After a fairly harrowing descent back into the main canyon, we caught the bus down to the Zion Lodge stop and decided to hike up the various trails to the Emerald Pools. These are, as the name suggests, three vaguely green-tinted pools at various levels up the canyon side. The path up got progressively steeper as you passed by the lower, middle and then eventually to the upper pool. As it was now getting towards the middle of the day and the sun had moved round, most of the hike was in direct sun, and we were getting a bit frazzled. Just as well we had done our normal trick of stuffing every available pocket in the bags with water bottles. The pools turned out to be a worthwhile hike. You get a sense of claustrophobia as you are surrounded by steep walls, which definitely seem to be undercut as well. Presumably in the spring, you get wet as waterfalls flow over the rims and into the pools, but in August there isn’t much water flowing. We hiked back down and by this time it was definitely time to eat again. We plumped for a self-service café at the Zion Lodge and sat outside in the sunshine. It was a bit windy, so our food and napkins were all trying to escape down the valley while we were eating.
After lunch we continued the bus descent and went for another short stroll up to Court of the Patriarchs Viewpoint. The light on the Three Patriarchs was much better this time around, so we got some decent photos and then rushed down the path to catch an incoming bus. Our final walk for now was to jump off at the point where the canyon road separates off from the main highway (Utah 9). From here there is an easy slight downhill walk back to the Visitor Centre, which plods its way down through a much wider area of canyon floor with still impressively steep canyon walls and a good view of the Watchman mountain at the bottom. It was a good way to round off the visit, just to take a few “grand vista” photos and stretch the aching leg muscles a bit.
We took one final visit into the Visitor Centre and then jumped back into the trusty vehicle for the drive round to Bryce Canyon. On the way out of Zion, you pass by Checkerboard Mountain, which is a sort-of cone-shaped mass with buff coloured sides, on which some roughly square cracks have appeared. You have to use the imagination to see it as a checkerboard, but never mind. The highway out of the eastern side of the park is pretty and is a good route to take ( not that there’s any other way of getting east from Zion ).
It took less than two hours to get round to Bryce Canyon, and so we did a bit of ad-hoc hotel selection from the Moon Guide and drove into Ruby’s Inn to check out availability. Ruby’s is the famous hotel at Bryce, and is now owned by the Best Western chain. To call it a hotel is probably a bit of an understatement. It is a massive confusion of accommodation blocks, utilities, shops, restaurants, and other bits and bobs. Once we found the reception area they were more than happy to accept us, at an eminently reasonable price, so the decision was made. We took the half hour drive round to the block that had our room in it, dumped the bags inside and went off for the now traditional park orientation visit.
Bryce Canyon National Park ( www.nps.gov/brca ) is one of the smaller parks we visited, but probably one of the most scenic, and certainly the best for taking jaw dropping photos. A couple we know have a large poster print of a sunset shot at Bryce, taken from Sunset Point I think, and this was one of our main motivating factors in going there. We wanted that shot, but taken on our very own cameras. So after collecting all the free leaflets and papers and having a quick walk around the Visitor Centre we decided to pass away the evening until dusk by taking photos from the rim of the Bryce Amphitheatre.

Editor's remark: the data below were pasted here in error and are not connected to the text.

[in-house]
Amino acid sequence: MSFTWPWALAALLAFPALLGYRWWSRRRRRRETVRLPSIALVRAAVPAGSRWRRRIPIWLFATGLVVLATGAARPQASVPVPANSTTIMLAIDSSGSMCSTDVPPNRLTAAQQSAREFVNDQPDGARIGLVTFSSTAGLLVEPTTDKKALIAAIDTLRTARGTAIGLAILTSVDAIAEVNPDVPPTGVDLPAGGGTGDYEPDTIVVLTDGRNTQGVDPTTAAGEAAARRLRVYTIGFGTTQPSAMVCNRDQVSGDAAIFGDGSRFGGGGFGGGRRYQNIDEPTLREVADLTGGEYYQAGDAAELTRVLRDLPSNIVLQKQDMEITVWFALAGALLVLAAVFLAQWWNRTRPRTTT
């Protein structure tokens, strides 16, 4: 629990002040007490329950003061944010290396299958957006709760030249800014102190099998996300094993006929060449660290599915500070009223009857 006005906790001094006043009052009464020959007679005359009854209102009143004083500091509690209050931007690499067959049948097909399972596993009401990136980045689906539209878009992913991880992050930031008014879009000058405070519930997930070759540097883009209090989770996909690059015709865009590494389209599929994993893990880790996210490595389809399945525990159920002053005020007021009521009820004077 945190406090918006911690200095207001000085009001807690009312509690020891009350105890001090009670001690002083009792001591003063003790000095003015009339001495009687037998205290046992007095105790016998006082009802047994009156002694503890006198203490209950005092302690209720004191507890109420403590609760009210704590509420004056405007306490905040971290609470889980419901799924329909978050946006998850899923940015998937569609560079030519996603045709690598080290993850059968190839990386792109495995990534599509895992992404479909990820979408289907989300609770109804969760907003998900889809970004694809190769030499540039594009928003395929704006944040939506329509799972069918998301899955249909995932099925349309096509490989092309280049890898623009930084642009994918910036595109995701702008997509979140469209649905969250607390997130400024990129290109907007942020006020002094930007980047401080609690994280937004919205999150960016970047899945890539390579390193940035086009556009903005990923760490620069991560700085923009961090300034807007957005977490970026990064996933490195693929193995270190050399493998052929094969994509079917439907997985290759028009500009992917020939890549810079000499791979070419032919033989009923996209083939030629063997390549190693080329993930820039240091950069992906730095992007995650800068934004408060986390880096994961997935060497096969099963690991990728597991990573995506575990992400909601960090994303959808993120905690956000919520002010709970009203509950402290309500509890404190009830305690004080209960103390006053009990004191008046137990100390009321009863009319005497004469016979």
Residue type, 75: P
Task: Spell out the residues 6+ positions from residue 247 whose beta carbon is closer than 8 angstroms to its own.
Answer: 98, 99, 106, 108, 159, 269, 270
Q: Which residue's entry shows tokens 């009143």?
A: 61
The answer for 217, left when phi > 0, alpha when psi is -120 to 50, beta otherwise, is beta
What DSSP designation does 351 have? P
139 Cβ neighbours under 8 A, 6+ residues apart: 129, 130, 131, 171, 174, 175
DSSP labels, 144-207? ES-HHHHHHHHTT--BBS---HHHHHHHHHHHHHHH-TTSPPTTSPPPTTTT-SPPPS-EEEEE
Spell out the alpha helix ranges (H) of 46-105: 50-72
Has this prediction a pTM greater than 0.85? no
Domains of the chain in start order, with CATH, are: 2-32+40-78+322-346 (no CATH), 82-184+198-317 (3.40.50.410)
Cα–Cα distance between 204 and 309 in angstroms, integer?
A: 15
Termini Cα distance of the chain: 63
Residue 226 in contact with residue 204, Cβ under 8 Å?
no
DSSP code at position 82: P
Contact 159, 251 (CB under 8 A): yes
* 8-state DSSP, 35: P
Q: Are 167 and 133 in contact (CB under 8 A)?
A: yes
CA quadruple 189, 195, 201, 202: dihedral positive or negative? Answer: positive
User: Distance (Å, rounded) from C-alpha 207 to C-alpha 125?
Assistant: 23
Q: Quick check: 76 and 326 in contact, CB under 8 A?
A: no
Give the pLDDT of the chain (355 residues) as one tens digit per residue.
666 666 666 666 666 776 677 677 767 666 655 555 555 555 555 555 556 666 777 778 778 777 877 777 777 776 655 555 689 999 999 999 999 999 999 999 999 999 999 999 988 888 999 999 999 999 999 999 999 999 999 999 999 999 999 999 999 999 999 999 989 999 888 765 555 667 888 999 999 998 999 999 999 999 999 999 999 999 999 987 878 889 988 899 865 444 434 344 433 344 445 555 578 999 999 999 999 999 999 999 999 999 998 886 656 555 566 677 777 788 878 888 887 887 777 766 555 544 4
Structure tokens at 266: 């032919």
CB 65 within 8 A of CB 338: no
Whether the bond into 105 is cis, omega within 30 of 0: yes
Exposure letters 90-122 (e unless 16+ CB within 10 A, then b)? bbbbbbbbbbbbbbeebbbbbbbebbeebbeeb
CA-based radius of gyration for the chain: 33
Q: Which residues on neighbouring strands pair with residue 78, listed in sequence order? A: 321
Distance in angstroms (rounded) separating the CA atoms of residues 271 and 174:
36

Unlike Zion, the shuttle bus at Bryce is optional rather than mandatory, so we stuck with the good old RAV4. We parked up behind Sunset Point and wandered to the adjacent viewpoint to see what we could find. What we found was a big hole full of very pointy and incredibly vivid coloured pinnacles of rock called hoodoos. “Do you do hoodoos?” At sunset, the best view in the house is from Sunset Point ( hence the name ) and the nearby Inspiration Point. We went to both. It is a view that is really quite difficult to take in, and equally difficult to describe. You don’t get much sense of the scale from the rim of the amphitheatre, what you do get is a confusion of pointy bits, each casting shadows over their neighbours. You could seriously sit there for hours and just watch the patterns of light moving around with the sun. It really is one of the most awesome places. The rocks come out in various shades of terracotta, pink, amber, purple, red and white depending on the minerals in the rock and the angle of attack of the sun. As most photographers know, you need to move quickly at sunset because your shot doesn’t last for long. Here, it is especially important not to dither, because if you look away for a few seconds the shadows have all moved round a bit and the view is different. We wouldn’t claim to be good photographers, and I think if you really wanted to do it justice, you would have to spend 1-2 weeks here just checking out the view at sunset from various angles to get an optimal configuration. Our little snaps give an impression of the scale, but we weren’t really well prepared enough to take anything you’d call beautiful.